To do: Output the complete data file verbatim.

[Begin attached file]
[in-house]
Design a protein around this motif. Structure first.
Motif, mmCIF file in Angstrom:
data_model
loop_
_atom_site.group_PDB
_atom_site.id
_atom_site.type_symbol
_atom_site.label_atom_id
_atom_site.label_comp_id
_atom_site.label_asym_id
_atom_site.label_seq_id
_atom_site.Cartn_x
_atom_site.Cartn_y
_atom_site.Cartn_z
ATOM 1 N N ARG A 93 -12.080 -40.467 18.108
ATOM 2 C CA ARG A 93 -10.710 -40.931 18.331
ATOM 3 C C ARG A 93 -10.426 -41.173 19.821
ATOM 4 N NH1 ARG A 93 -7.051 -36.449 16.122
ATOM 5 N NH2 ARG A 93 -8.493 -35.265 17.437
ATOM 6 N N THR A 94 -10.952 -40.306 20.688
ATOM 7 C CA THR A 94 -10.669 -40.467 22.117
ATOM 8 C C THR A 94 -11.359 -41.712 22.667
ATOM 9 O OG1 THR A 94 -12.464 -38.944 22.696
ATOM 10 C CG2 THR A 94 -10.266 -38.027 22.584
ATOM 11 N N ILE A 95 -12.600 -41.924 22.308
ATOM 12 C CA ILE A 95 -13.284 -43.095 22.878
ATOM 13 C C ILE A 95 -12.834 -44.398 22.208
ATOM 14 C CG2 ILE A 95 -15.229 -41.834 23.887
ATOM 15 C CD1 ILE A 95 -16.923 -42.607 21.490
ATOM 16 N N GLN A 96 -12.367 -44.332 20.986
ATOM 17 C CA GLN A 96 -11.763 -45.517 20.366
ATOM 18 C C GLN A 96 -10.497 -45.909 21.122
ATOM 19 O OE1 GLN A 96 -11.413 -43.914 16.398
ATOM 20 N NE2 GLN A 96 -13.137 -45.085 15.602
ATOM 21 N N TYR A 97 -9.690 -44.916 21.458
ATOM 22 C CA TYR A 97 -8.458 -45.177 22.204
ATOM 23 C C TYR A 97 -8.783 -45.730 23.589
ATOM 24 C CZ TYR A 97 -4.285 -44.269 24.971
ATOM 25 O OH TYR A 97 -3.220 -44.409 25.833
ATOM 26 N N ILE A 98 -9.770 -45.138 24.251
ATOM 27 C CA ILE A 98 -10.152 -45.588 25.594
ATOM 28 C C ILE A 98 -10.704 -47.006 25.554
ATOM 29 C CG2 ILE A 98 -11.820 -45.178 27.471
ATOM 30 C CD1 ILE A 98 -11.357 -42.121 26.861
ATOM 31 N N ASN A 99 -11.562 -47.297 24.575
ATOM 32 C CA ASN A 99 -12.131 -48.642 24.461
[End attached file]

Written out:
[in-house]
Design a protein around this motif. Structure first.
Motif, mmCIF file in Angstrom:
data_model
loop_
_atom_site.group_PDB
_atom_site.id
_atom_site.type_symbol
_atom_site.label_atom_id
_atom_site.label_comp_id
_atom_site.label_asym_id
_atom_site.label_seq_id
_atom_site.Cartn_x
_atom_site.Cartn_y
_atom_site.Cartn_z
ATOM 1 N N ARG A 93 -12.080 -40.467 18.108
ATOM 2 C CA ARG A 93 -10.710 -40.931 18.331
ATOM 3 C C ARG A 93 -10.426 -41.173 19.821
ATOM 4 N NH1 ARG A 93 -7.051 -36.449 16.122
ATOM 5 N NH2 ARG A 93 -8.493 -35.265 17.437
ATOM 6 N N THR A 94 -10.952 -40.306 20.688
ATOM 7 C CA THR A 94 -10.669 -40.467 22.117
ATOM 8 C C THR A 94 -11.359 -41.712 22.667
ATOM 9 O OG1 THR A 94 -12.464 -38.944 22.696
ATOM 10 C CG2 THR A 94 -10.266 -38.027 22.584
ATOM 11 N N ILE A 95 -12.600 -41.924 22.308
ATOM 12 C CA ILE A 95 -13.284 -43.095 22.878
ATOM 13 C C ILE A 95 -12.834 -44.398 22.208
ATOM 14 C CG2 ILE A 95 -15.229 -41.834 23.887
ATOM 15 C CD1 ILE A 95 -16.923 -42.607 21.490
ATOM 16 N N GLN A 96 -12.367 -44.332 20.986
ATOM 17 C CA GLN A 96 -11.763 -45.517 20.366
ATOM 18 C C GLN A 96 -10.497 -45.909 21.122
ATOM 19 O OE1 GLN A 96 -11.413 -43.914 16.398
ATOM 20 N NE2 GLN A 96 -13.137 -45.085 15.602
ATOM 21 N N TYR A 97 -9.690 -44.916 21.458
ATOM 22 C CA TYR A 97 -8.458 -45.177 22.204
ATOM 23 C C TYR A 97 -8.783 -45.730 23.589
ATOM 24 C CZ TYR A 97 -4.285 -44.269 24.971
ATOM 25 O OH TYR A 97 -3.220 -44.409 25.833
ATOM 26 N N ILE A 98 -9.770 -45.138 24.251
ATOM 27 C CA ILE A 98 -10.152 -45.588 25.594
ATOM 28 C C ILE A 98 -10.704 -47.006 25.554
ATOM 29 C CG2 ILE A 98 -11.820 -45.178 27.471
ATOM 30 C CD1 ILE A 98 -11.357 -42.121 26.861
ATOM 31 N N ASN A 99 -11.562 -47.297 24.575
ATOM 32 C CA ASN A 99 -12.131 -48.642 24.461